Excerpts of selected speeches, interviews and debates delivered by
the last president (but one) not to speak from note cards or in
sound bites; packaged with an audio CD. John Fitzgerald Kennedy,
avow presidential historian Dallek (Flawed Giant, 1998) and New
York Observer columnist Golway (Washington's General, 2005), "spoke
in literate paragraphs, and his speeches were filled with
references to history and literature that have all but disappeared
from American political discourse." Indeed, Ronald Reagan borrowed
the "city on a hill" trope, unacknowledged, from Kennedy, who took
it from the early American Protestant religious dissenter John
Winthrop; it always sounded a little foreign on Reagan's lips, but
Kennedy-though, famously, the first and only Catholic
president-naturally took to the rhetoric of Boston's Brahmins.
Dallek and Golway, for their part, acknowledge that Kennedy had
speechwriters aplenty, notably the brilliant Theodore Sorensen, who
wrote much of Kennedy's Profiles in Courage; regrettably, they do
not go on to distinguish which of his aides concocted which New
Frontier theme. The help notwithstanding, Kennedy did his homework,
was smart and hardworking and gave a resounding speech. As Dallek
and Golway remark on the best of his public utterances, they offer
illuminations and remember little-known episodes. The third
presidential debate with Richard Nixon featured Nixon tsk-tsking
Harry Truman for using words like "hell" and "damn," saying that
he'd never allow such language in his White House. (The irony, the
irony.) The debates were followed by the narrowest election in
history, they note, but not so narrow as Nixon protested; even if
Nixon had won the supposedly rigged Illinois vote, Kennedy would
have carried the Electoral College. And Kennedy berated himself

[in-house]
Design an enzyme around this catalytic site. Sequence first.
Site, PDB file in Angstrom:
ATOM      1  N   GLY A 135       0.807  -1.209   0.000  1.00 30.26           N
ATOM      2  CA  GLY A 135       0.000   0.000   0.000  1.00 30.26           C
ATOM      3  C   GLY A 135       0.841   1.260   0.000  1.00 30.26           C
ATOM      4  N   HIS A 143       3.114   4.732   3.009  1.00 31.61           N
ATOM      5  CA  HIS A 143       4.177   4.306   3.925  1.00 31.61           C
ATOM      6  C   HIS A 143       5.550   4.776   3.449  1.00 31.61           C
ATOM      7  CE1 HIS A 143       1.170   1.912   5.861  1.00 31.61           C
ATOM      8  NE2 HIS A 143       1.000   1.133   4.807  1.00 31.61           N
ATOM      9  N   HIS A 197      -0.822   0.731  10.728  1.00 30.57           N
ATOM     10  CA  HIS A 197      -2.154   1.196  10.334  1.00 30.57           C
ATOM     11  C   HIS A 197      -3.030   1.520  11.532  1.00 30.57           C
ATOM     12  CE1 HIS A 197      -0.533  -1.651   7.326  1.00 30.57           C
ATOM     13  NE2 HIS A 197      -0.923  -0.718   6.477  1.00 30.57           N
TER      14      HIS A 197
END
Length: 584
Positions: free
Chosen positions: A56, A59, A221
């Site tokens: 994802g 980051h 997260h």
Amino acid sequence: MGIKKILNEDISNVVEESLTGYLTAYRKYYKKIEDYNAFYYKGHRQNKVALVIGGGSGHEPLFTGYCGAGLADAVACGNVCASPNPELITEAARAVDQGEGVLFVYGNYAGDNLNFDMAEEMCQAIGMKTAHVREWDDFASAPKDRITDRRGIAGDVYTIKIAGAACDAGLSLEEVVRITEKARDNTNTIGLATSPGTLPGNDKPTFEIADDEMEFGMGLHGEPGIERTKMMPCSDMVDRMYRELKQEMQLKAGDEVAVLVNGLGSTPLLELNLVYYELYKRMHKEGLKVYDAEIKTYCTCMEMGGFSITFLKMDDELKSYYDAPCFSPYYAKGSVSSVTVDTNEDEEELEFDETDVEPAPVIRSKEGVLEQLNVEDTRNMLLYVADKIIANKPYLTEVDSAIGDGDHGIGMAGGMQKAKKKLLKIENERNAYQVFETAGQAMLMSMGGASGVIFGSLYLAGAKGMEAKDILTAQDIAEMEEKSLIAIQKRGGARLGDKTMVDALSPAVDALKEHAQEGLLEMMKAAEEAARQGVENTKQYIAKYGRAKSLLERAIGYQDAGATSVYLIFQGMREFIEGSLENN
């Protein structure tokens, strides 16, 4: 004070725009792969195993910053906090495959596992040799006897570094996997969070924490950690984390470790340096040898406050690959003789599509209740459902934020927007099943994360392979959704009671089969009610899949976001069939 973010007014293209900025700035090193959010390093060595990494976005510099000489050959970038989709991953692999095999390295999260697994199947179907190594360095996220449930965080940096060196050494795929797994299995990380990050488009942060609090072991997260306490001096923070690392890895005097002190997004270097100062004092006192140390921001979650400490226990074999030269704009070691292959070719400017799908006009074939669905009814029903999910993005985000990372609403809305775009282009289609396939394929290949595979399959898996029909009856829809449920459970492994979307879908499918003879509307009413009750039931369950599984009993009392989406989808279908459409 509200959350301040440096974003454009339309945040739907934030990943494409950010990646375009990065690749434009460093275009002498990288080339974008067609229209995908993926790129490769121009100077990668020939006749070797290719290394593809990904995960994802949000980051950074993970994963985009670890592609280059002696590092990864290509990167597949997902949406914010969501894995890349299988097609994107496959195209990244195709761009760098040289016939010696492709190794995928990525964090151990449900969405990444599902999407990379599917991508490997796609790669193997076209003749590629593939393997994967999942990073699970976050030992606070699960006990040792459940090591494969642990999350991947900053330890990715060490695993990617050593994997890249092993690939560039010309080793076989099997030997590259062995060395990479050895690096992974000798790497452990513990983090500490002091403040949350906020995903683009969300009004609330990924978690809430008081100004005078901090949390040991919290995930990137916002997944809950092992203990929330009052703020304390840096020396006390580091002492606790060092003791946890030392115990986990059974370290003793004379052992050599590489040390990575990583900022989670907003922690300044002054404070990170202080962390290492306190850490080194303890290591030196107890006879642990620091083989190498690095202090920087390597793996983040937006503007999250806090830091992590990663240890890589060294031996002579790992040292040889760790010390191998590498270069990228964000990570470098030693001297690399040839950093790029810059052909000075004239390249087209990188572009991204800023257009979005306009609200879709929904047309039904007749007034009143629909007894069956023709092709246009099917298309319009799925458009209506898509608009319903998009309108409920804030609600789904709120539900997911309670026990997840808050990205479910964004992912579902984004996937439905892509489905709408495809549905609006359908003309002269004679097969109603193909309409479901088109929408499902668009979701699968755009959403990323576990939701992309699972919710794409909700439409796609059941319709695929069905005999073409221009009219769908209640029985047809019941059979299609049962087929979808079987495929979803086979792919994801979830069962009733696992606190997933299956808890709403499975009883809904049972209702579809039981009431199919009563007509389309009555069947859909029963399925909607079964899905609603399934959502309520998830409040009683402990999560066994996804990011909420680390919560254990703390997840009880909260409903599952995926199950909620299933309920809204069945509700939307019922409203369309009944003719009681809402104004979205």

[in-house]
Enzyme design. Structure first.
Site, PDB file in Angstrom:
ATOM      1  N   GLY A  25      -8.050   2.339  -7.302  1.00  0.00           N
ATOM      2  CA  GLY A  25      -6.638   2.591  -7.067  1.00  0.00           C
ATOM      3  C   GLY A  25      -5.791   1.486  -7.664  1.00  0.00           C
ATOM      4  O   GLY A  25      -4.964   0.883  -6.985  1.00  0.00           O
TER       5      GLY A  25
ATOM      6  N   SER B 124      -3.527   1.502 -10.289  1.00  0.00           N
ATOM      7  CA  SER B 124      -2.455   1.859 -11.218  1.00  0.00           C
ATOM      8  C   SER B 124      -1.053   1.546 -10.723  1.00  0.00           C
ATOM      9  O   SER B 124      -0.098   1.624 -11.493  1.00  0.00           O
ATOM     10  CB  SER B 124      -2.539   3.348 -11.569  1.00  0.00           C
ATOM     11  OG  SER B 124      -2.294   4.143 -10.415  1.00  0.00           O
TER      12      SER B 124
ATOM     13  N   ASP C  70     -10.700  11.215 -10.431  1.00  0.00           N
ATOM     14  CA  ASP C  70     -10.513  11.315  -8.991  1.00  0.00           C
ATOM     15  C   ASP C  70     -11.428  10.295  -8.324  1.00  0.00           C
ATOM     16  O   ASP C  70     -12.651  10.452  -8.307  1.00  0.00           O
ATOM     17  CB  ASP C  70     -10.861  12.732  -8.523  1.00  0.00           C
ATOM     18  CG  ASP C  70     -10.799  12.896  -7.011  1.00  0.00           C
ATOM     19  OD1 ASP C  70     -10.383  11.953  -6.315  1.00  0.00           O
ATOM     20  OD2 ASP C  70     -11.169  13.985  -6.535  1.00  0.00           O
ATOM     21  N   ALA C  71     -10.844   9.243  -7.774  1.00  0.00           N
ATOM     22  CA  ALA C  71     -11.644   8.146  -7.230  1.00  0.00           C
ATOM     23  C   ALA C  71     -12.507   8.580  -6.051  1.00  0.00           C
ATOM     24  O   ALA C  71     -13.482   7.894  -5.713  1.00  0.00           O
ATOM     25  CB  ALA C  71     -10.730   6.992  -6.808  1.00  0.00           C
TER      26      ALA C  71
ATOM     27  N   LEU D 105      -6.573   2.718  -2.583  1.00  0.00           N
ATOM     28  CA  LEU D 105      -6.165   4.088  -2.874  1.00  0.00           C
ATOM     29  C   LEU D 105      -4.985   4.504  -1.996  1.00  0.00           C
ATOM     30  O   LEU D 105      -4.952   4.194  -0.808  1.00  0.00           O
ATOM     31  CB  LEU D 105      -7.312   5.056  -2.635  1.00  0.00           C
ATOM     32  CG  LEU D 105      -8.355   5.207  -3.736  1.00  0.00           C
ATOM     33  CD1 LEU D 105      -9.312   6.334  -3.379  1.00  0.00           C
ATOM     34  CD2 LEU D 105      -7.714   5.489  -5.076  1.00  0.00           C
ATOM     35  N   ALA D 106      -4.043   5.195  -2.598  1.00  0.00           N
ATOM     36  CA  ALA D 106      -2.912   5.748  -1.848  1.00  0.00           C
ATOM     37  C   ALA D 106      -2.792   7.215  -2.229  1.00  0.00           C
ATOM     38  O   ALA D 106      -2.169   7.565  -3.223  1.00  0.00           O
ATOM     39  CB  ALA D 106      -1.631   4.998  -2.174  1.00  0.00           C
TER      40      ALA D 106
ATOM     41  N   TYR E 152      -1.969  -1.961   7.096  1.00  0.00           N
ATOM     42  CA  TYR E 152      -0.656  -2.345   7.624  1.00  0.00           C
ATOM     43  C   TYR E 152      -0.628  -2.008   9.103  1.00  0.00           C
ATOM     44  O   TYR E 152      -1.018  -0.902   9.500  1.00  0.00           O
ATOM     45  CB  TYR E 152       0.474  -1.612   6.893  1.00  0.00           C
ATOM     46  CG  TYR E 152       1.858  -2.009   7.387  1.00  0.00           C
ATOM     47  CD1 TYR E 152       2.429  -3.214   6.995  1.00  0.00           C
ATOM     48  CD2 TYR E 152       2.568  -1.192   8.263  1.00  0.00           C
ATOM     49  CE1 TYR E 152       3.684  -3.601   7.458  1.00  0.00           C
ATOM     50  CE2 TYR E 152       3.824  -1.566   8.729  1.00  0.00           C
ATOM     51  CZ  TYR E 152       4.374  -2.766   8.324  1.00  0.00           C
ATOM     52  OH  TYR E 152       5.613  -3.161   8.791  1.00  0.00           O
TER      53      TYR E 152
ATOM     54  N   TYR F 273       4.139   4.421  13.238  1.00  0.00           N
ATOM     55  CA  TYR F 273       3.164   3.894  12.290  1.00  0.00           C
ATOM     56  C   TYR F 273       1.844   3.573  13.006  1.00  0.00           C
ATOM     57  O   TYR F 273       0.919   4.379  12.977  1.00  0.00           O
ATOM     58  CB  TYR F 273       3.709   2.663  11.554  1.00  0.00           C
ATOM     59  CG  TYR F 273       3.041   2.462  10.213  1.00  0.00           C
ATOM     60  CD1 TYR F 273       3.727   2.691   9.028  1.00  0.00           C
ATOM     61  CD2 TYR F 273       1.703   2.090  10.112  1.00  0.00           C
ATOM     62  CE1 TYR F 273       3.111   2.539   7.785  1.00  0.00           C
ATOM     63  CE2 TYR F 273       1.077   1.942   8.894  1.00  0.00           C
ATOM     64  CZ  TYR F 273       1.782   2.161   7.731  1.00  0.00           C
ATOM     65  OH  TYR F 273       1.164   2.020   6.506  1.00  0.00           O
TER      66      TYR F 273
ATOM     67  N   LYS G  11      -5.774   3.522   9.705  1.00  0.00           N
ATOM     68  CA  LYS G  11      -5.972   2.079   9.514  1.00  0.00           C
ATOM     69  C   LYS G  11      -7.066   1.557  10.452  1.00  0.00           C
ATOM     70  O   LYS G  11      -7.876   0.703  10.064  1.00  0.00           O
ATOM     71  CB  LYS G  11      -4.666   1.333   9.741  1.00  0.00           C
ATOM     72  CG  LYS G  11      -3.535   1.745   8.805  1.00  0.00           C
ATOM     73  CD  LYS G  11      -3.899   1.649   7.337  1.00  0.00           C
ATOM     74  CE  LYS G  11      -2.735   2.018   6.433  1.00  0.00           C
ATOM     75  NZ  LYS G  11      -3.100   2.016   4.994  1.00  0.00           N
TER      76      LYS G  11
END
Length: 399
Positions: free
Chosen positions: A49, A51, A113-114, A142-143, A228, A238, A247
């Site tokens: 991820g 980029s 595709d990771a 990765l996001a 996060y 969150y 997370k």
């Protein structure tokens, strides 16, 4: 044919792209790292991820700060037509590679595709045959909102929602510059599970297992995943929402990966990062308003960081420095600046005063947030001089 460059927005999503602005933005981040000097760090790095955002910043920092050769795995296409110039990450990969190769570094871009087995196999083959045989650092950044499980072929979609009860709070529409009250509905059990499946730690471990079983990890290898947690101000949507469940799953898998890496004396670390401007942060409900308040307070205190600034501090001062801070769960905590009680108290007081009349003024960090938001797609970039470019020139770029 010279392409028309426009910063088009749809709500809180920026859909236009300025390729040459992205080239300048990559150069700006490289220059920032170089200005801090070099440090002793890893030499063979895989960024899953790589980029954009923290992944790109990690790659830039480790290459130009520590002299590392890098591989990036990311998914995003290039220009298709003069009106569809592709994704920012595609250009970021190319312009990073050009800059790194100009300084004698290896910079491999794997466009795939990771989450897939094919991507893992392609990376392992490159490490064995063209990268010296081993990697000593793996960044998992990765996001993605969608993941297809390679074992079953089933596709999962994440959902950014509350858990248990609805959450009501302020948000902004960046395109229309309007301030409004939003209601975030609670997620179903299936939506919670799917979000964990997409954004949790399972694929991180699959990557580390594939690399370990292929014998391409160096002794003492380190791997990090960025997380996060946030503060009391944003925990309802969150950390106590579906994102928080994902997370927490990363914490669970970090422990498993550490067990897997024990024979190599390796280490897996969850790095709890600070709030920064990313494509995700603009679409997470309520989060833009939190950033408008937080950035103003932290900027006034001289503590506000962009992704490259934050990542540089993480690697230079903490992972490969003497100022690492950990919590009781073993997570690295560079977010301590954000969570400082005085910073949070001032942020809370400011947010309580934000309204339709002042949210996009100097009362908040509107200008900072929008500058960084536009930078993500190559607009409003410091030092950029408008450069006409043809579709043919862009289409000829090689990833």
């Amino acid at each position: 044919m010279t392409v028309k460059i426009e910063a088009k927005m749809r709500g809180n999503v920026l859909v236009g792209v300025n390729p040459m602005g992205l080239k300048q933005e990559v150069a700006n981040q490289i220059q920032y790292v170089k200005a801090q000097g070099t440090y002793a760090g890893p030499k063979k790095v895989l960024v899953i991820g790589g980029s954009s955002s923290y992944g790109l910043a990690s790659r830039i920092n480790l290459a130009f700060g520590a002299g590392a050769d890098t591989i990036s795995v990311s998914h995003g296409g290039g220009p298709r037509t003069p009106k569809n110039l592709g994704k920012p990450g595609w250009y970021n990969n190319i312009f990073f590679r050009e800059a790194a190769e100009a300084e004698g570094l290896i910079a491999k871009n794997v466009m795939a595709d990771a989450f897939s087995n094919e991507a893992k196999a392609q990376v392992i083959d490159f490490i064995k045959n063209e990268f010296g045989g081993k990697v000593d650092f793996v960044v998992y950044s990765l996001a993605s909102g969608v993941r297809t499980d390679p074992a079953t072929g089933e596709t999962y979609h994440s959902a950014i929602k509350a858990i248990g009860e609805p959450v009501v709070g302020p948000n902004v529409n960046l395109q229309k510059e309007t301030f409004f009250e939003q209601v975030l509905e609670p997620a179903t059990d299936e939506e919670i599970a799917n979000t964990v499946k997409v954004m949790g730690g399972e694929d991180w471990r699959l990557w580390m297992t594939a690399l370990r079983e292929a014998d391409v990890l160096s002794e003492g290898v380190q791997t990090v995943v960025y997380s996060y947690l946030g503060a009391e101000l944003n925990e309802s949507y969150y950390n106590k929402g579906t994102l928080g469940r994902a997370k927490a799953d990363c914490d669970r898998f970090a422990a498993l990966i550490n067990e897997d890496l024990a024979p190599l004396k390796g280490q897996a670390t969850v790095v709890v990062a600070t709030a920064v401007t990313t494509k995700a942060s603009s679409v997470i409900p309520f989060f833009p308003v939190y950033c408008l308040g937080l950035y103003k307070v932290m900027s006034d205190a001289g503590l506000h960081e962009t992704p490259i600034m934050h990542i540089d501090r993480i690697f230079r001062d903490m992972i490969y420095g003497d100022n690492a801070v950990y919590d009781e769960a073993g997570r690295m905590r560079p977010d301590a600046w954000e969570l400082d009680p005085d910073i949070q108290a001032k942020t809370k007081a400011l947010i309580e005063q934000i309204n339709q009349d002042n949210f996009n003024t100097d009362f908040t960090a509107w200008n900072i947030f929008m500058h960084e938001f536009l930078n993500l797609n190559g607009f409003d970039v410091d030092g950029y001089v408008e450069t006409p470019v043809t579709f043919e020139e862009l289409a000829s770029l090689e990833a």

over the Bay of Pigs disaster, which only seemed to increase the
esteem his compatriots felt: "It's like Eisenhower," he said. "The
worse I do, the more popular I get." Useful for students of
presidential history, and worthy of emulation: a selected Ford,
anyone? (Kirkus Reviews)
"Perhaps the best of all the books on JFK. Jack speaks to us again
across the years, in words still highly relevant to our
times."--Senator Edward M. Kennedy Let Every Nation Know is the
first book of its kind-a historical biography in Kennedy's own
words. Combining a remarkable audio CD of Kennedy's most famous
speeches, debates and press conferences with the insights of two of
America's preeminent historians, the result is a unique look at the
world-changing words and presidency of John F. Kennedy. Robert
Dallek, author of the #1 bestselling biography An Unfinished Life,
and Terry Golway, author of Washington's General, bring to life the
soaring oratory, marvelous wit and the intense drama of Kennedy's
words and the events they evoke.
Is the information for this product incomplete, wrong or inappropriate?
Let us know about it.
Does this product have an incorrect or missing image?
Send us a new image.
Is this product missing categories?
Add more categories.
Review This Product
No reviews yet - be the first to create one!